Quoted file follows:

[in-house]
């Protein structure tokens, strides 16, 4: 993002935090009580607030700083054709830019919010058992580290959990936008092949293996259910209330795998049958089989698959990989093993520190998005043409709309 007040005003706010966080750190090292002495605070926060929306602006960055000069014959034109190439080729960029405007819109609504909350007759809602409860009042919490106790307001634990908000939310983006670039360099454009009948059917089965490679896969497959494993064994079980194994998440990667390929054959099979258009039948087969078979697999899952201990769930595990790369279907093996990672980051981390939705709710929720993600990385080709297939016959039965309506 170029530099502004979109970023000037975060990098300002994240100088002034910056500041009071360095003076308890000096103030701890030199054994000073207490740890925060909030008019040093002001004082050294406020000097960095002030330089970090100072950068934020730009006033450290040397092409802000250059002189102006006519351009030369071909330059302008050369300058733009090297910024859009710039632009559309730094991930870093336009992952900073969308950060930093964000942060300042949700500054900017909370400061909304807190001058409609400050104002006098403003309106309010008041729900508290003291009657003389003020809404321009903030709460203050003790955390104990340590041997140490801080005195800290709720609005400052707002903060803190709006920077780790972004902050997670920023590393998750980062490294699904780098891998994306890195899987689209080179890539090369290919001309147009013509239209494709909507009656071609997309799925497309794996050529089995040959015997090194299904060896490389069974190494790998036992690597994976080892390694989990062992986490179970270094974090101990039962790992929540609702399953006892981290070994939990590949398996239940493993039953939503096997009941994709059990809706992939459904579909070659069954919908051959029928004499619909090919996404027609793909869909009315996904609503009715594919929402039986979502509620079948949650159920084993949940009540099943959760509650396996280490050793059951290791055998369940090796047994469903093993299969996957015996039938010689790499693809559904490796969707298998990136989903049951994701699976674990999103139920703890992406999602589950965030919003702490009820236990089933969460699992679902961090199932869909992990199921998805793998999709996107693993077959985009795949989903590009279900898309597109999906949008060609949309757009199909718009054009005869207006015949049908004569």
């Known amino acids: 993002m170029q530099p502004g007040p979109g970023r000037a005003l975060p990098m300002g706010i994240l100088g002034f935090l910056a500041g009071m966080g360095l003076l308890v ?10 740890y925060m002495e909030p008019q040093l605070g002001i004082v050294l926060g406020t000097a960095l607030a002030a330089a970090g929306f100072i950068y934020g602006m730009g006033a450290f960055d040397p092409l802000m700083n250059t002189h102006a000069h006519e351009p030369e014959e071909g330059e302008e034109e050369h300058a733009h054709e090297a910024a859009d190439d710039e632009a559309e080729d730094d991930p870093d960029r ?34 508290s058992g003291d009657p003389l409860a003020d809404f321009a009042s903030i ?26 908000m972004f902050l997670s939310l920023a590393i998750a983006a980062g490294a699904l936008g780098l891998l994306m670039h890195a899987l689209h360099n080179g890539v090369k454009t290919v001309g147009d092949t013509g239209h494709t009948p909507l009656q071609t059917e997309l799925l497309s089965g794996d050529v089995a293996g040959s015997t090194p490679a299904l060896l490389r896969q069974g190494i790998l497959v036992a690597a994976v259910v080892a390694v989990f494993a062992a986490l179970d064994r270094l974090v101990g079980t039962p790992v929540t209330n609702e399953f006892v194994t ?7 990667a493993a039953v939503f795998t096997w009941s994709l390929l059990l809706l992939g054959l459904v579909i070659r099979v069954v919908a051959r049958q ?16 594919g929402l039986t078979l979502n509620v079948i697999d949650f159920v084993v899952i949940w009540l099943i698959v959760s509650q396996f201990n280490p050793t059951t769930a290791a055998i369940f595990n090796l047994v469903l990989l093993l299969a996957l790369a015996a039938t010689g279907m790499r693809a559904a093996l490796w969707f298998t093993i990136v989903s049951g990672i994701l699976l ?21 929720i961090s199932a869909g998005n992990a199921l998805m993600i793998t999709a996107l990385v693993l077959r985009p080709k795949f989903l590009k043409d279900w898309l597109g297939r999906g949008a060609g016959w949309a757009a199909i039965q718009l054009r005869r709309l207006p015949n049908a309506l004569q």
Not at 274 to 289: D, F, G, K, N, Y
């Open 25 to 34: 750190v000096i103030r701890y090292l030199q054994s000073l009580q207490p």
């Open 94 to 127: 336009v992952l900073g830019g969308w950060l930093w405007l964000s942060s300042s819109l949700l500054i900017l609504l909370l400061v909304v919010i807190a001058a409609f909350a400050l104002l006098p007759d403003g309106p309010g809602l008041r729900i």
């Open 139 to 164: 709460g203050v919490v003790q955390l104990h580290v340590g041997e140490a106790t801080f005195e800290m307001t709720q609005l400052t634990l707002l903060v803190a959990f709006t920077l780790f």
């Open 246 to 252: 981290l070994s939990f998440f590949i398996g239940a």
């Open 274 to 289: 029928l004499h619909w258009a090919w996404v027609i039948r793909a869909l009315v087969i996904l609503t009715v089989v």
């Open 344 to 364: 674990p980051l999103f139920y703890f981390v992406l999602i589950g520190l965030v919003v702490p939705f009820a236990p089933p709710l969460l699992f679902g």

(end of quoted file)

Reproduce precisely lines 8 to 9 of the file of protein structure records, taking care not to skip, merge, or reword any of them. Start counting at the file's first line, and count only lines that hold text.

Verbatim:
């Open 246 to 252: 981290l070994s939990f998440f590949i398996g239940a």
């Open 274 to 289: 029928l004499h619909w258009a090919w996404v027609i039948r793909a869909l009315v087969i996904l609503t009715v089989v």